Many people start up in business and lose site of the prime objective – profit!
Starting up a new enterprise is exciting and we do so to improve our lifestyle and to provide employment for others. Many businesses that would otherwise have been successful are often crippled by poor cashflow and fundamental errors made in dealing with others. After all, there is no business school and whilst people are often very good at what they do, they are often ignorant about what is required when forming contracts with other businesses. You may be a plumber, electrician, accountant, candlestick maker or whatever but once you branch out on your own, you are first and foremost a businessman(woman).
There are five basic rules to forming a contract and if you stick by these you will dramatically reduce your exposure to risk.
1. First and foremost, whatever you do, always get your agreement in writing. Generally, everything is fine at the outset when you are dealing with people and whilst verbal orders are binding, memories are often short or differ on what was actually agreed. A short pencil is far better than a long memory so make sure that you always get everything in writing.
2 Always provide your customer with a written quotation and send it to them with a copy of your Terms and Conditions*
3 If your customer is happy with your quotation, ask them to give you a written authority to go ahead, get a purchase order and the name of the person who is giving you the order if possible. Some companies do not use Purchase Orders but you should always get a written authority to commence the work.
4 Probably the most important stage and the one where most people go wrong. Once you have received your Purchase Order/written authority to proceed, send a letter of acceptance to your customer saying that you have received their order and that you have accepted this in accordance with your terms and conditions. This will bind the order to YOUR terms and not those of your customer**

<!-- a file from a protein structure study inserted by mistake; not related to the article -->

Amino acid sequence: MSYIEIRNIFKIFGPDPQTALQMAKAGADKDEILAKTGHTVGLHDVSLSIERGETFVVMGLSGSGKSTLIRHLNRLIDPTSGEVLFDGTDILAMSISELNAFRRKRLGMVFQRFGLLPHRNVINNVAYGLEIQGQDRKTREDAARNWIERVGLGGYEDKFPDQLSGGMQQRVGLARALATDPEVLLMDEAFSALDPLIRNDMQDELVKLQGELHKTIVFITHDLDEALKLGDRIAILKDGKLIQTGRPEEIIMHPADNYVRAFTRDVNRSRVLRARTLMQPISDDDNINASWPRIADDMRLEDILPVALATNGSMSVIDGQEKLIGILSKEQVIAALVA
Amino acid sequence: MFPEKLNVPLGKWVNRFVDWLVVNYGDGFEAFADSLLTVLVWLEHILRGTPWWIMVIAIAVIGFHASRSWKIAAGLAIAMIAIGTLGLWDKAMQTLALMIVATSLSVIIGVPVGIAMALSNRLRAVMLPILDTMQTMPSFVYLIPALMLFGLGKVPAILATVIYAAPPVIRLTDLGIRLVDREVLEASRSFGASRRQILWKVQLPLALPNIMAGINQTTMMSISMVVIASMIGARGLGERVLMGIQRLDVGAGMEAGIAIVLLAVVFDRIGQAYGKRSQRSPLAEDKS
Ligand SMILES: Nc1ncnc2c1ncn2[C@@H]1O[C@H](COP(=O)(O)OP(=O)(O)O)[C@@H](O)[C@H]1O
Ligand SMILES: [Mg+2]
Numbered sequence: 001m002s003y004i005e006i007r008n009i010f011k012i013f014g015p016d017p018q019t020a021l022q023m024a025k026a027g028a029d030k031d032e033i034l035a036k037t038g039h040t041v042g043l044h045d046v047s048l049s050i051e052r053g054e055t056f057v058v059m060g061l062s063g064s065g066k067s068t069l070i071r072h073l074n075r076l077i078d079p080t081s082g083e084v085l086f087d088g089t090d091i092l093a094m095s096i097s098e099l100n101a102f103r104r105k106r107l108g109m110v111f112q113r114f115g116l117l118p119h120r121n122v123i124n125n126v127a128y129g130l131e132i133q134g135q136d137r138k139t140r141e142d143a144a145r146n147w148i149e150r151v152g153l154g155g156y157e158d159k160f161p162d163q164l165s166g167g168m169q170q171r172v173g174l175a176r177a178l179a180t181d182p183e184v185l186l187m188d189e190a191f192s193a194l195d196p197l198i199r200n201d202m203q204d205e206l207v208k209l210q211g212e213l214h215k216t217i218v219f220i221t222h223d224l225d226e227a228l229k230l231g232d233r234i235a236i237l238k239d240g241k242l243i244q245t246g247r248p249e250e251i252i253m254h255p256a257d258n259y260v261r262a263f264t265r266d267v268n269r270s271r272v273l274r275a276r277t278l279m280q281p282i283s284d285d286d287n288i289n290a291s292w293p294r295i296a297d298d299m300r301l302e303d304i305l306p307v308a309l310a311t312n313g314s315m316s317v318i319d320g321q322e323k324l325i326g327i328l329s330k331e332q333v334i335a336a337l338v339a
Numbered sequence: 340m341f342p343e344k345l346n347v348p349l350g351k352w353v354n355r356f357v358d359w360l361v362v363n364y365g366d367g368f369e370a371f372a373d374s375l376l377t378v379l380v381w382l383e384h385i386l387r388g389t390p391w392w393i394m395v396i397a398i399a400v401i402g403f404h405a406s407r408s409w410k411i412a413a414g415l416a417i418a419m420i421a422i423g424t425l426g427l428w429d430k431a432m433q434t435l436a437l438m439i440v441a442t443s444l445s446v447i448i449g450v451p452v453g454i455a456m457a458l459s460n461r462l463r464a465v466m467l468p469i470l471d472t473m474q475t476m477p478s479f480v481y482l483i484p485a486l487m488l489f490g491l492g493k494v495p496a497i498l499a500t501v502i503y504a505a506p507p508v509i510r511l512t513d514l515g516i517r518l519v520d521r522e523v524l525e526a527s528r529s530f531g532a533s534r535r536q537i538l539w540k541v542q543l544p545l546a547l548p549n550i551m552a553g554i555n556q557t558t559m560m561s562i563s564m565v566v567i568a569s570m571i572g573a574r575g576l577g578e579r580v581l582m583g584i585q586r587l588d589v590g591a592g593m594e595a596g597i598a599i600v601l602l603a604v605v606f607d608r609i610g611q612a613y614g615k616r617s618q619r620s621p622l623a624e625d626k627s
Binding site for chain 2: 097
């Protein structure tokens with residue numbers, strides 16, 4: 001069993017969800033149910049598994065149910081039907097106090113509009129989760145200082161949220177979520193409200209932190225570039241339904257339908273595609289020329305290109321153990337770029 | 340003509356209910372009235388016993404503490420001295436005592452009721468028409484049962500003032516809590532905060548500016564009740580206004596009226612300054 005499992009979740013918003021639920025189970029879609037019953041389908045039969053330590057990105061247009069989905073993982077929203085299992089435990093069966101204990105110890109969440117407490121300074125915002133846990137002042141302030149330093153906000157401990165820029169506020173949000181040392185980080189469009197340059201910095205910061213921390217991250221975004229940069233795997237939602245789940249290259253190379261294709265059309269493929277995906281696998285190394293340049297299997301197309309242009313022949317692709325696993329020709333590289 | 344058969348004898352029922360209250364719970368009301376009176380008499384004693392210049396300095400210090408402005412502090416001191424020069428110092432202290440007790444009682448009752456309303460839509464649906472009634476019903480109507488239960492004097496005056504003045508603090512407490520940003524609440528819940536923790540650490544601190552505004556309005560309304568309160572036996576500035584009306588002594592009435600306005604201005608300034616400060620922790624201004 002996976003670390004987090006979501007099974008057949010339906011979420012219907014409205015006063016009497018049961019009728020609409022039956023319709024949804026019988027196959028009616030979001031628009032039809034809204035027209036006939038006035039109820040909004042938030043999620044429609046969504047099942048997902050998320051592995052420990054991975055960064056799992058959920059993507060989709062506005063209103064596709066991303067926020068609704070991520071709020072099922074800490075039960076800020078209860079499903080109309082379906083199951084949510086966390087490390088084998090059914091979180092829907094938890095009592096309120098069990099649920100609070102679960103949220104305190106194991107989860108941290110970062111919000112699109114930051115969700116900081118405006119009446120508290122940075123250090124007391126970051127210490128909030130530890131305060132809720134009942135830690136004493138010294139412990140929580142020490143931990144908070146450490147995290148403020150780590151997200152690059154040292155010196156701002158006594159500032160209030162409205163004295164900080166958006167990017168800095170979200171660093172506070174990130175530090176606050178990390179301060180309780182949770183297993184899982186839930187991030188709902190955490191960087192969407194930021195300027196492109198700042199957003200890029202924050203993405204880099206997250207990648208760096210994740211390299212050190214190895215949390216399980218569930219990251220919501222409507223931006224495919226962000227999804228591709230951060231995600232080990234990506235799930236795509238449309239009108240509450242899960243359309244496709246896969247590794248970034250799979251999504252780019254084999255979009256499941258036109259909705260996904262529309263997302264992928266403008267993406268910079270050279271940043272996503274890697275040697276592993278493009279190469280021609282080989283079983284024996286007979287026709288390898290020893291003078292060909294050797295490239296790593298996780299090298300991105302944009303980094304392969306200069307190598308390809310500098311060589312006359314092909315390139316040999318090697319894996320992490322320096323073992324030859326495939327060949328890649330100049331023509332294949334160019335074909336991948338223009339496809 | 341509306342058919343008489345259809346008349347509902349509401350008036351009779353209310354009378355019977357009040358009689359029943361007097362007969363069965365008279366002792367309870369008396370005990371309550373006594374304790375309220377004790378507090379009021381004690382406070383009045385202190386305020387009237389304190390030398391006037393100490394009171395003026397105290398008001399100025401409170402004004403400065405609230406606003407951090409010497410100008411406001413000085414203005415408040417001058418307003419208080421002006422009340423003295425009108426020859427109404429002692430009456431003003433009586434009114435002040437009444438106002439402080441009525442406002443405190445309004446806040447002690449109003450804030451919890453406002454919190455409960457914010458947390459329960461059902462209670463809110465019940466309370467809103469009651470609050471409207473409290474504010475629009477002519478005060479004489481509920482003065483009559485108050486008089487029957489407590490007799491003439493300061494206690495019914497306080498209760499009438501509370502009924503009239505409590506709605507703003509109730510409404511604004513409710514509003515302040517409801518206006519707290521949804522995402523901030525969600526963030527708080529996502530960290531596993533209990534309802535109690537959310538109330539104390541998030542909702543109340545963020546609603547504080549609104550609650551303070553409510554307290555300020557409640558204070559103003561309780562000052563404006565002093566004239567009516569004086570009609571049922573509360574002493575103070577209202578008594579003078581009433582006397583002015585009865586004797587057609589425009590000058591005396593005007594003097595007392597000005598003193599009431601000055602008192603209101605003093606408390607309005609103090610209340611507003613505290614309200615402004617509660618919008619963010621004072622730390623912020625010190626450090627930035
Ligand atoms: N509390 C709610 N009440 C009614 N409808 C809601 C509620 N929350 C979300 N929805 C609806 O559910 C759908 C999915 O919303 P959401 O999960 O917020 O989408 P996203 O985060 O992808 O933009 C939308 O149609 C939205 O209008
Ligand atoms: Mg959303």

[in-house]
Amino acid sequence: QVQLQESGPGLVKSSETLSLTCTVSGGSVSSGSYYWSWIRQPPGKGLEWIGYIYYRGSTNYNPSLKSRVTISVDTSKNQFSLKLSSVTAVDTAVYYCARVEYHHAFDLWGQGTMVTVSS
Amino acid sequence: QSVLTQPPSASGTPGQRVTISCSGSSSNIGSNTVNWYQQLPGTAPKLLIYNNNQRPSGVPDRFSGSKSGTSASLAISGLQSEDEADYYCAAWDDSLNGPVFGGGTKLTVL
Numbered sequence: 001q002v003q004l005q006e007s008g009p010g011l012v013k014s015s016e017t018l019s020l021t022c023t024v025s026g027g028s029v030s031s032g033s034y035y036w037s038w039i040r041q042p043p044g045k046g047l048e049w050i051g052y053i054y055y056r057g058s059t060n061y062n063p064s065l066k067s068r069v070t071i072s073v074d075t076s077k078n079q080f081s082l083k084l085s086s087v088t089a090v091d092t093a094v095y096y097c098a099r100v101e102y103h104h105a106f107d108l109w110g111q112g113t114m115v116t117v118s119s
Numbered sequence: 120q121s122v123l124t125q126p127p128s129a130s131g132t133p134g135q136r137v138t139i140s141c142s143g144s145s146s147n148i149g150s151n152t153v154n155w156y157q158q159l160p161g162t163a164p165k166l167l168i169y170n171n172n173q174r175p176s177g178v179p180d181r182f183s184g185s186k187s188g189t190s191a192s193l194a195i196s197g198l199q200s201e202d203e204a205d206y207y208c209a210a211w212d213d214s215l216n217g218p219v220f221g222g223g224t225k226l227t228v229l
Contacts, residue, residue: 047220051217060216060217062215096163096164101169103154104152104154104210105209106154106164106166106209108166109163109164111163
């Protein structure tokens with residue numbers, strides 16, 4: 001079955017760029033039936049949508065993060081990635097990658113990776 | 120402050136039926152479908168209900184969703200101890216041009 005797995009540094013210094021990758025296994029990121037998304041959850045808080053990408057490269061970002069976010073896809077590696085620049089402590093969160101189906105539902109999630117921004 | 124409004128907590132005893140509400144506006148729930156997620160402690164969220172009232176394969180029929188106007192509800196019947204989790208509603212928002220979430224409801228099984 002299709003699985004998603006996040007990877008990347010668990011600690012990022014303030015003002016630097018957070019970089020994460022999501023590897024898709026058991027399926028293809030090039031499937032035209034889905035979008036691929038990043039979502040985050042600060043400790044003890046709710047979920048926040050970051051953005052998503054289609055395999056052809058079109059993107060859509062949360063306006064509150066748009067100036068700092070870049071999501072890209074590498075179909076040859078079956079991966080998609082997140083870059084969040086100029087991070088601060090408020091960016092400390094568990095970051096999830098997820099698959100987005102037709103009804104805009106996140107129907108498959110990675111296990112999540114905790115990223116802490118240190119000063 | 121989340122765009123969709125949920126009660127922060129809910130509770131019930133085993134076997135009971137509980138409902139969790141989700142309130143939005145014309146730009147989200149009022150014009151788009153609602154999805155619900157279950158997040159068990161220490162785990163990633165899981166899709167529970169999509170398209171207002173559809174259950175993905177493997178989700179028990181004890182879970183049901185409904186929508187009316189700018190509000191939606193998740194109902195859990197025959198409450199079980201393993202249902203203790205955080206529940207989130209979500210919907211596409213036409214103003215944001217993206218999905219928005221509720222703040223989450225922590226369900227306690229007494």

5 Finally, always get either a signed delivery note or a satisfaction note from your customer. This is vital, to prove that you have either delivered the goods or that they are satisfied with the work.
If you follow these five golden rules then you won’t go far wrong and you will dramatically reduce your exposure to risk. Remember always to get things in writing, it doesn’t matter if your customer is a friend or if you have dealt with them for years, make no exceptions.
* Terms and Conditions are vitally important to your business for a number of reasons but unless you impose your terms on the contract then you could be working under your customer’s terms and conditions. You could also have problems with retention of title claims if your customer goes into liquidation.
** If you do not bind the contract under your terms and conditions, your client may claim that the contract was given under their terms and conditions. How can this affect you? well for example, their terms might state that payment will not be made until 90 days after the date of your invoice and this could cause you significant cashflow problems.
As always, if you need advice on any of the above, just give us a call!